Lord Jesus Christ, by whose gift Mary Thy Mother, that Mary whose glorious image we revere, is our Mother too, and ready at all times to succour us, we pray Thee grant that we, who earnestly beg her maternal help, may be counted worthy to reap through all eternity the fruit of Thy redeeming work. Thou who art God living and reigning with God the Father, in the unity of the Holy Spirit, forever and ever.

As are many liturgical prayers of recent composition, the Collect is addressed to Christ rather than to the Father. Orations addressed to the Son are exceptional in the Roman liturgy; in the East they are the norm. While it is not traditional to direct the Collect to the Son in the classic Roman liturgy, there are moments when it can be quite fitting to do so. The feast of Our Mother of Perpetual Help may be one of those moments.

The Collect refers straightaway to the gift of the Virgin Mary's motherhood extended to every disciple of her Son, the very mystery that will be evoked in the Gospel; and to the veneration of her glorious image. It acknowledges that Mary is perpetually ready to help us, and asks that, through her motherly power, we may reap through all eternity the fruit of Christ's redemption. The last phrase is certainly an allusion to the charism of the Redemptorists, custodians of the miraculous icon and, in the tradition of Saint Alphonsus, tireless preachers of Mary's universal mediation and inexhaustible clemency.

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John the Baptist and the Immaculate Heart of Mary

Today was the Vigil of the Nativity of Saint John the Baptist: eight days after the feast of the Immaculate Heart of Mary. John the Baptist, while yet an infant hidden in Saint Elizabeth's womb, was the first to experience the sweet mediation of the Virgin Mother's Immaculate Heart. It was the God-bearing Virgin's Heart, full of solicitude for her cousin Elizabeth, that moved her to "arise and go with haste into the hill country, to a city of Judah" (cf. Lk 1:39). There the Mother of God bearing her Son beneath her Immaculate Heart, "entered the house of Zechariah and greeted Elizabeth" (Lk 1:40).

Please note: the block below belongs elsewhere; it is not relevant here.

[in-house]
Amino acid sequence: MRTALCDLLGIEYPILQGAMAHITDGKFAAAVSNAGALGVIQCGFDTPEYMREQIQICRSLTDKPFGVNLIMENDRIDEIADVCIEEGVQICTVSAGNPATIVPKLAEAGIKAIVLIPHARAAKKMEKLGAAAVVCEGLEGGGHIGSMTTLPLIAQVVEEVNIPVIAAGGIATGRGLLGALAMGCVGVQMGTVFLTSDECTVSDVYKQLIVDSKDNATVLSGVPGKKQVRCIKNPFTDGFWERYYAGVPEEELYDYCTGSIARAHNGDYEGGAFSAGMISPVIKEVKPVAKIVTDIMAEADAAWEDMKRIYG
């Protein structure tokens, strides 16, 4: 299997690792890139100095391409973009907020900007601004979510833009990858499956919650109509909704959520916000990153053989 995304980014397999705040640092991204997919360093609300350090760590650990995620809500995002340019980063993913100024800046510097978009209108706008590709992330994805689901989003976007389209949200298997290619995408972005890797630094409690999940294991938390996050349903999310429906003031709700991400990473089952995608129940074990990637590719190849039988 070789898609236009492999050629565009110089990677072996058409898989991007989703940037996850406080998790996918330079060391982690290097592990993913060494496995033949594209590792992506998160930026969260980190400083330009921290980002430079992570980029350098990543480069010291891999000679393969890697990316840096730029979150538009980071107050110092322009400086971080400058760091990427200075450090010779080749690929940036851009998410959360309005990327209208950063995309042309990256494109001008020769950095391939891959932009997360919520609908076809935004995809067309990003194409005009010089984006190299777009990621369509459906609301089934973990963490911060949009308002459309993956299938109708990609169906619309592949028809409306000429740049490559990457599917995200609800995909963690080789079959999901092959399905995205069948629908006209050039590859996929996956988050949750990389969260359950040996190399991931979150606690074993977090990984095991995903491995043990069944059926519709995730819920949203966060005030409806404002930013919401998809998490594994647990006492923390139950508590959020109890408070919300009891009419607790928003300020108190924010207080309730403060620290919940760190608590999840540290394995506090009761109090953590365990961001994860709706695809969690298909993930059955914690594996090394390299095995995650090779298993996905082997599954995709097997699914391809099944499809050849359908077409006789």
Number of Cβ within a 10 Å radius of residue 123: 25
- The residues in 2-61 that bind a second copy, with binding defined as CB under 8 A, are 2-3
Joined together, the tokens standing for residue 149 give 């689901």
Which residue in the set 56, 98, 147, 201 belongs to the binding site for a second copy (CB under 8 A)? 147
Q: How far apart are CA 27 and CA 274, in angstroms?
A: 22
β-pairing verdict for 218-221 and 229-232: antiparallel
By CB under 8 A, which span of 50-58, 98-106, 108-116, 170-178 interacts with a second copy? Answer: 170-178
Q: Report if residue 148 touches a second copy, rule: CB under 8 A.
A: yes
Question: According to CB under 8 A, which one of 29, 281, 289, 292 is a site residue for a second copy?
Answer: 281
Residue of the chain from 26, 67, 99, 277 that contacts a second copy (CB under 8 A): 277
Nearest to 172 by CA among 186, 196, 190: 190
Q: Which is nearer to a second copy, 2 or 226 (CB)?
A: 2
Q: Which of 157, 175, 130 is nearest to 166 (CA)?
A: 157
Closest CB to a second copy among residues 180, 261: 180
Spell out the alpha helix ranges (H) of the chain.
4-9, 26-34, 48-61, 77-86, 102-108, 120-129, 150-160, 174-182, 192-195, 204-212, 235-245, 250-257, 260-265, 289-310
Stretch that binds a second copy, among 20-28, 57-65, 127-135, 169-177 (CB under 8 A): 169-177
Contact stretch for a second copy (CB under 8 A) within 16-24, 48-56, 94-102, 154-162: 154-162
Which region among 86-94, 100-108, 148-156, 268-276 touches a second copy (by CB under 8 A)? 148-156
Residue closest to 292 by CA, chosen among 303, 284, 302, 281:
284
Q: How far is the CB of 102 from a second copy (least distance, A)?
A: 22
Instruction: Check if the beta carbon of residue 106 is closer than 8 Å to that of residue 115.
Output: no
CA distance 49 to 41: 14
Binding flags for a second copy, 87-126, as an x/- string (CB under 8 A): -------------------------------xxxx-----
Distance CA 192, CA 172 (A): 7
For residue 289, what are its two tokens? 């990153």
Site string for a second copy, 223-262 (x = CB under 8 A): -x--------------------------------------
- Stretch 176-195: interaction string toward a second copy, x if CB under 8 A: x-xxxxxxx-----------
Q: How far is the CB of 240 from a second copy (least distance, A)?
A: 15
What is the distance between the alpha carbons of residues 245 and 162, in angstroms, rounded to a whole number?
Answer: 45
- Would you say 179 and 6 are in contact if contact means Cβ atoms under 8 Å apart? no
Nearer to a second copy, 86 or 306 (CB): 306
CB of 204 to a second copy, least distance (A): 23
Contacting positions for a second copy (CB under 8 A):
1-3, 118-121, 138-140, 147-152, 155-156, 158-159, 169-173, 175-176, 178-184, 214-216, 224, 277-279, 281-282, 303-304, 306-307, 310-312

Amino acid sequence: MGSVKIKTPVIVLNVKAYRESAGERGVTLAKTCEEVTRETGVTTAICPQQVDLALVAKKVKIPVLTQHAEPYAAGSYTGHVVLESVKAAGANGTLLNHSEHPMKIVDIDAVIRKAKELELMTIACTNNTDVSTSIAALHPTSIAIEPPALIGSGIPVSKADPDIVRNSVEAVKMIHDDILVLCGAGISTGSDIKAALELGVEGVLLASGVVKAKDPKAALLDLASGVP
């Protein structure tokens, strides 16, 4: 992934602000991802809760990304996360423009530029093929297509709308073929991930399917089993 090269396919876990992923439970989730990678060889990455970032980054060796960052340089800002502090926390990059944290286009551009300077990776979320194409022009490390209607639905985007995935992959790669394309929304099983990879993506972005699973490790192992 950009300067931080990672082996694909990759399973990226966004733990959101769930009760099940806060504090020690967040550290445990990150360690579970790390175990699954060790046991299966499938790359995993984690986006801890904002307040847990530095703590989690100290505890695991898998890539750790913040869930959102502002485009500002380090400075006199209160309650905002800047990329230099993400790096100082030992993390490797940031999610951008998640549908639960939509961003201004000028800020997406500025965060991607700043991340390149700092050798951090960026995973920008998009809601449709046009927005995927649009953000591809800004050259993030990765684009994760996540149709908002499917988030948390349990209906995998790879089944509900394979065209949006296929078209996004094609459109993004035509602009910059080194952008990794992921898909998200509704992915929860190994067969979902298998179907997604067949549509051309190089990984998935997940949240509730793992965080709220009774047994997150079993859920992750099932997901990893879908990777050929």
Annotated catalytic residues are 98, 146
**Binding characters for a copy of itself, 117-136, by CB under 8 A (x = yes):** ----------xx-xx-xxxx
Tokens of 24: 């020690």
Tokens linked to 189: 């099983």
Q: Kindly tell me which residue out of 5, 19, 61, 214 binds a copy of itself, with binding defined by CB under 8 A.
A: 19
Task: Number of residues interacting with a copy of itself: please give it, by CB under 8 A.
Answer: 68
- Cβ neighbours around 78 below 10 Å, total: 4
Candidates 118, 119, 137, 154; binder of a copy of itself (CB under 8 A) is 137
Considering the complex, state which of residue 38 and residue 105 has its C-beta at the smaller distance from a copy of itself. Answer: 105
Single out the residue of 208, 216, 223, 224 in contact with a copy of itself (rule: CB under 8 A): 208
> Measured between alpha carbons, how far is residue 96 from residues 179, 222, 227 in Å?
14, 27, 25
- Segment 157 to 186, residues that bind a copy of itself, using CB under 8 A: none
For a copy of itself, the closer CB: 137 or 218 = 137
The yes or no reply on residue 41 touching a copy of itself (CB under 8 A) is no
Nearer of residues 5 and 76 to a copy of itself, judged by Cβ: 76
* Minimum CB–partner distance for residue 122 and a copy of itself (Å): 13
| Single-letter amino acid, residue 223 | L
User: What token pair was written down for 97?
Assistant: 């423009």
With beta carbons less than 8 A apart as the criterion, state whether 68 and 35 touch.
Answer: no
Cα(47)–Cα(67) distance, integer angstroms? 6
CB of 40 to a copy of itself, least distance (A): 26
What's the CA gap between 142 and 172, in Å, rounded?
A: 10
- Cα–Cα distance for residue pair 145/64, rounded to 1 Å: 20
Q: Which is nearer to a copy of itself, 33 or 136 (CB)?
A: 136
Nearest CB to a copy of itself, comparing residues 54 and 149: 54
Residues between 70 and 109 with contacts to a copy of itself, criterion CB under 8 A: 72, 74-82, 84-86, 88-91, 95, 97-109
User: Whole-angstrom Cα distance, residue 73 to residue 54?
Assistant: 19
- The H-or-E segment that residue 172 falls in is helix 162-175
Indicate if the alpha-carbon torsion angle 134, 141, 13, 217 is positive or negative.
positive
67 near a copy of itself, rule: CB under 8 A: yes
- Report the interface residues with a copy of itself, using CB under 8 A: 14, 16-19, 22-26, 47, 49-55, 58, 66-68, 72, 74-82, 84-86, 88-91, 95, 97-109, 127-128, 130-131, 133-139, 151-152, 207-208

The Light of the Real Presence Shining in Her Eyes

This was, in a sense, the first mission of the Immaculate Heart of Mary: to carry the hidden Christ to the "little child" (Lk 1:76) destined to be the Friend of the Bridegroom (Jn 3:29), the Prophet of the Most High (Lk 1:76). With the flame of love burning in her Immaculate Heart and the light of the real presence shining in her eyes, Mary "became in some way a tabernacle -- the first tabernacle in history" (John Paul II, Ecclesia de Eucharistia, art. 55). With the arrival of the Virgin-Tabernacle enclosing within her the "Dayspring from on high" (Lk 1:78), John the Baptist was sanctified, washed clean of original sin, and quickened by the Holy Spirit.

Jubilation